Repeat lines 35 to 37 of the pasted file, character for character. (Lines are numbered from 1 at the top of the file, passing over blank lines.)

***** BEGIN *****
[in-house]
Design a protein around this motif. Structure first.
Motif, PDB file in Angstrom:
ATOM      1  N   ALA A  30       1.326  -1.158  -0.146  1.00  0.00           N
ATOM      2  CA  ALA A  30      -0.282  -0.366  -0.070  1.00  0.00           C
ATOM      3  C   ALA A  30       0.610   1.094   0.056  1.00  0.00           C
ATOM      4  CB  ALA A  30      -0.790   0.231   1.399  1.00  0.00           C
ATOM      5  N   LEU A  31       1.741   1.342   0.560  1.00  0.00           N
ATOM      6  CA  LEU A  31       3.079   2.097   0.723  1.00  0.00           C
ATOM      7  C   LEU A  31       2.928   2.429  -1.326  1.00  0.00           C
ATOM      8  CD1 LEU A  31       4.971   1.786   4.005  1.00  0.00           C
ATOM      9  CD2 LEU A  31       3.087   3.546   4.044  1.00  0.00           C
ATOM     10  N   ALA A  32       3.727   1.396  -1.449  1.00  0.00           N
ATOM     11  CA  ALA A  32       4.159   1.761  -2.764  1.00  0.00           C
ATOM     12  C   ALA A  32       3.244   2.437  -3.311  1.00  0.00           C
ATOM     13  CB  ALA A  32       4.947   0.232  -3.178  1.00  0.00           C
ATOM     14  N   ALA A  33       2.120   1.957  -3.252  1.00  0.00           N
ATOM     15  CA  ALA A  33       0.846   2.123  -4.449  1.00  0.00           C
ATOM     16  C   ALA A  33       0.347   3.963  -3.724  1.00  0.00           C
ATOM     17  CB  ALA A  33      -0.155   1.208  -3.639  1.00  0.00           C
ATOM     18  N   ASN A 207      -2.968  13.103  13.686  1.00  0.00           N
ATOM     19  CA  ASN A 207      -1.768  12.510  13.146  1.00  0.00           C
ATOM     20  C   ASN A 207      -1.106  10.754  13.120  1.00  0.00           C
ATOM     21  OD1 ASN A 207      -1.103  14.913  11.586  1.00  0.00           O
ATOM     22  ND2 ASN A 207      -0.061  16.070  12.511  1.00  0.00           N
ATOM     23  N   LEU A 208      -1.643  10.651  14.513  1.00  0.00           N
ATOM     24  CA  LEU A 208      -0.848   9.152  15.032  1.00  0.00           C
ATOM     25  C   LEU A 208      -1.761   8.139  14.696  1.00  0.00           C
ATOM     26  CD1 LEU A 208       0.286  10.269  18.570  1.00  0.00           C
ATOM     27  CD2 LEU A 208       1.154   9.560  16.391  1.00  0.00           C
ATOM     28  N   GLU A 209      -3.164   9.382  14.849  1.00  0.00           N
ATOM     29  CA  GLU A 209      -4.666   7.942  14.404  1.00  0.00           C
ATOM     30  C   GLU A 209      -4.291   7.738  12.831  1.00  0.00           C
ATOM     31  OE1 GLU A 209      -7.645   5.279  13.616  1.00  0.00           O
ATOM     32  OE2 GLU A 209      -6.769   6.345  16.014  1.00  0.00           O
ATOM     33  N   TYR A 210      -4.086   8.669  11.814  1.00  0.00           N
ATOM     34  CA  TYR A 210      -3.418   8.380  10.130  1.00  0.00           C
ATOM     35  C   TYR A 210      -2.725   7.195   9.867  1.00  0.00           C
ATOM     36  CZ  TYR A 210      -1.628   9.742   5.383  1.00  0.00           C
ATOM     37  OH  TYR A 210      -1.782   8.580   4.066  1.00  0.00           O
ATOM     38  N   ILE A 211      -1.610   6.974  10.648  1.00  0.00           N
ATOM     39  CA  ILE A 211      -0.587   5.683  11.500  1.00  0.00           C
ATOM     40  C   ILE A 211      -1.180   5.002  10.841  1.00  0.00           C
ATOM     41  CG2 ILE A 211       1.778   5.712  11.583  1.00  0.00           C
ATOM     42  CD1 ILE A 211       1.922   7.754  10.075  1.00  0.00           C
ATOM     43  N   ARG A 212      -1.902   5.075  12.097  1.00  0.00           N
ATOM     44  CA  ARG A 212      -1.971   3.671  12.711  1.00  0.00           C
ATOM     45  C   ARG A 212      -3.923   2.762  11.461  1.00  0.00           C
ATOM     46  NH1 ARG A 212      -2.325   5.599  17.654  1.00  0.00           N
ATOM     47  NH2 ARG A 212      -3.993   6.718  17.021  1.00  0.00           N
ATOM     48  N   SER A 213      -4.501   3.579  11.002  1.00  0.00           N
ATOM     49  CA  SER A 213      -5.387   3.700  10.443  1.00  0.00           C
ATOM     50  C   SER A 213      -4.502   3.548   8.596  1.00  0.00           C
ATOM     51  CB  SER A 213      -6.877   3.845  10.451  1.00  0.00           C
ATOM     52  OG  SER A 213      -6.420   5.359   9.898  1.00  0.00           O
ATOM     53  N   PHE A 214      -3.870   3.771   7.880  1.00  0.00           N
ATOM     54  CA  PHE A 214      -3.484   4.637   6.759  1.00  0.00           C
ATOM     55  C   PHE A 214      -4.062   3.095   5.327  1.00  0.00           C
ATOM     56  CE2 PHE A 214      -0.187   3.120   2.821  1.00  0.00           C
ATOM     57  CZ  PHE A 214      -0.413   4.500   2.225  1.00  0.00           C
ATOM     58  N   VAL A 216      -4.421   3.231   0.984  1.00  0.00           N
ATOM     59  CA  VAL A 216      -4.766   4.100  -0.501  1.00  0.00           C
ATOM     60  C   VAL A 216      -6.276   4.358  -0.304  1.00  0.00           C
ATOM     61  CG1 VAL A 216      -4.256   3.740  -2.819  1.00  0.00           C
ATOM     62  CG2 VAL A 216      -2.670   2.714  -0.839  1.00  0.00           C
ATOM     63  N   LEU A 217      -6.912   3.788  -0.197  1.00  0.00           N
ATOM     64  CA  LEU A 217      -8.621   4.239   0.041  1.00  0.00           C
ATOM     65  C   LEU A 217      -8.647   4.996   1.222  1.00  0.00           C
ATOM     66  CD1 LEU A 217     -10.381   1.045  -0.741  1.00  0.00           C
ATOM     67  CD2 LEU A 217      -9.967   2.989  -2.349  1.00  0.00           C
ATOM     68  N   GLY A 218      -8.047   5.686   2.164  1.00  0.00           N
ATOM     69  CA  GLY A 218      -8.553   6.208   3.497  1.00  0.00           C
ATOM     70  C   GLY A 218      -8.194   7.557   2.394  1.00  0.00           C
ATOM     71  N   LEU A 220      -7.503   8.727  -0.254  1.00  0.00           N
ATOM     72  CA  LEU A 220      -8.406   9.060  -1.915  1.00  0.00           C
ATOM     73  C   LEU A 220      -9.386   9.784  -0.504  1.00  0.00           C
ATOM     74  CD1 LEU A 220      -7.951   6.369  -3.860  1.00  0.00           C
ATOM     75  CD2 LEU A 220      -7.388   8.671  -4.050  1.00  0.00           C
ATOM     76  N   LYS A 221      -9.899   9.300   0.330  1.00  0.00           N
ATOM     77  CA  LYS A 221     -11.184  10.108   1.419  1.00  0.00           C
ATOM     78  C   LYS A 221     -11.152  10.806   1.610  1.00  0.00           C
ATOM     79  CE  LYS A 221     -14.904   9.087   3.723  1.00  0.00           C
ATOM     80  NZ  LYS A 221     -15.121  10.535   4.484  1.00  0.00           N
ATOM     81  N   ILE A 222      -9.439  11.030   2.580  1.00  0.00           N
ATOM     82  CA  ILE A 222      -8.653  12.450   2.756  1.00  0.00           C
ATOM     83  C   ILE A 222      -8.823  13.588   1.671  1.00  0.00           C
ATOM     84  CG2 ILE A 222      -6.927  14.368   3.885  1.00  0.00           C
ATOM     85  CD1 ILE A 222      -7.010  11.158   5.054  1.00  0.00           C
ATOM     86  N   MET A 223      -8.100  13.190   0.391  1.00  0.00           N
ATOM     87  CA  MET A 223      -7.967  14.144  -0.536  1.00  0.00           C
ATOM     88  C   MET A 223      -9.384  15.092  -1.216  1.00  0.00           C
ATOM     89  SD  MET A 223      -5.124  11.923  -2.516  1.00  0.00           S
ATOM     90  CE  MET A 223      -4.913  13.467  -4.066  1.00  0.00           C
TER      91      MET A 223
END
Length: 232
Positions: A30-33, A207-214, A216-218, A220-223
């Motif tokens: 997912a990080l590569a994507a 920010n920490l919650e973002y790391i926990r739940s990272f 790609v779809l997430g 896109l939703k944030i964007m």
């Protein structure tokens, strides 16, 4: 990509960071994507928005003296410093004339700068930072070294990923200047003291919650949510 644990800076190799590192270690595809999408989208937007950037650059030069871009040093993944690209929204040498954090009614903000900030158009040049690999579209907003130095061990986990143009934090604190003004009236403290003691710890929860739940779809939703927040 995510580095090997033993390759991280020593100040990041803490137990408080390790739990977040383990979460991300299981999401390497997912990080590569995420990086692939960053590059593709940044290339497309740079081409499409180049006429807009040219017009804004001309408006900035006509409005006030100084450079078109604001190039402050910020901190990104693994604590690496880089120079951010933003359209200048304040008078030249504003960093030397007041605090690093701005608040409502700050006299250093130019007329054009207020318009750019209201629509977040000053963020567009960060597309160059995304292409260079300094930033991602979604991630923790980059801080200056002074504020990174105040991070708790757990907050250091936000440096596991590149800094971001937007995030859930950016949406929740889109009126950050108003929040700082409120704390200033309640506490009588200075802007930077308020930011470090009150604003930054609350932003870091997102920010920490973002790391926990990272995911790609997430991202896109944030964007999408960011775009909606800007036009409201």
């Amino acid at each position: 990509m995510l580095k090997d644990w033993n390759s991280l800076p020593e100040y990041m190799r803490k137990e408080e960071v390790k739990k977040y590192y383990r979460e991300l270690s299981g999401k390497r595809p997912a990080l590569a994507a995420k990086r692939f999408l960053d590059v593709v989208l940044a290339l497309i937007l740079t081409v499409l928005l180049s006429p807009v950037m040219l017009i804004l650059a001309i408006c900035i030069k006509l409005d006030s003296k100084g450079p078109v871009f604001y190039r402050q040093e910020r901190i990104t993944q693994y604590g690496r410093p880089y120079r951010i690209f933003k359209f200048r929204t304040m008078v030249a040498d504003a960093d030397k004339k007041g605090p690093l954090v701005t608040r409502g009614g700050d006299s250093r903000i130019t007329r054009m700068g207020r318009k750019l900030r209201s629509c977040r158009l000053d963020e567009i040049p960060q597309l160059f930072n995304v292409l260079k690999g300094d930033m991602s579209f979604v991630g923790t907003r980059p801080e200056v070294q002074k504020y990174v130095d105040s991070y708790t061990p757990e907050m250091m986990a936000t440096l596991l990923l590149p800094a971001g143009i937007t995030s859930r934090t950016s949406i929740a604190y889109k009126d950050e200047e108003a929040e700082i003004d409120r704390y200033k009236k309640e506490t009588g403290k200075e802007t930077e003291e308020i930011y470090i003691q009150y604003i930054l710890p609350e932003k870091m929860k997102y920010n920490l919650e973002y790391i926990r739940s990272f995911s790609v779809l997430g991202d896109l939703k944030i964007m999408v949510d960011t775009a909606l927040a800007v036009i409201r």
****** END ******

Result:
ATOM     32  OE2 GLU A 209      -6.769   6.345  16.014  1.00  0.00           O
ATOM     33  N   TYR A 210      -4.086   8.669  11.814  1.00  0.00           N
ATOM     34  CA  TYR A 210      -3.418   8.380  10.130  1.00  0.00           C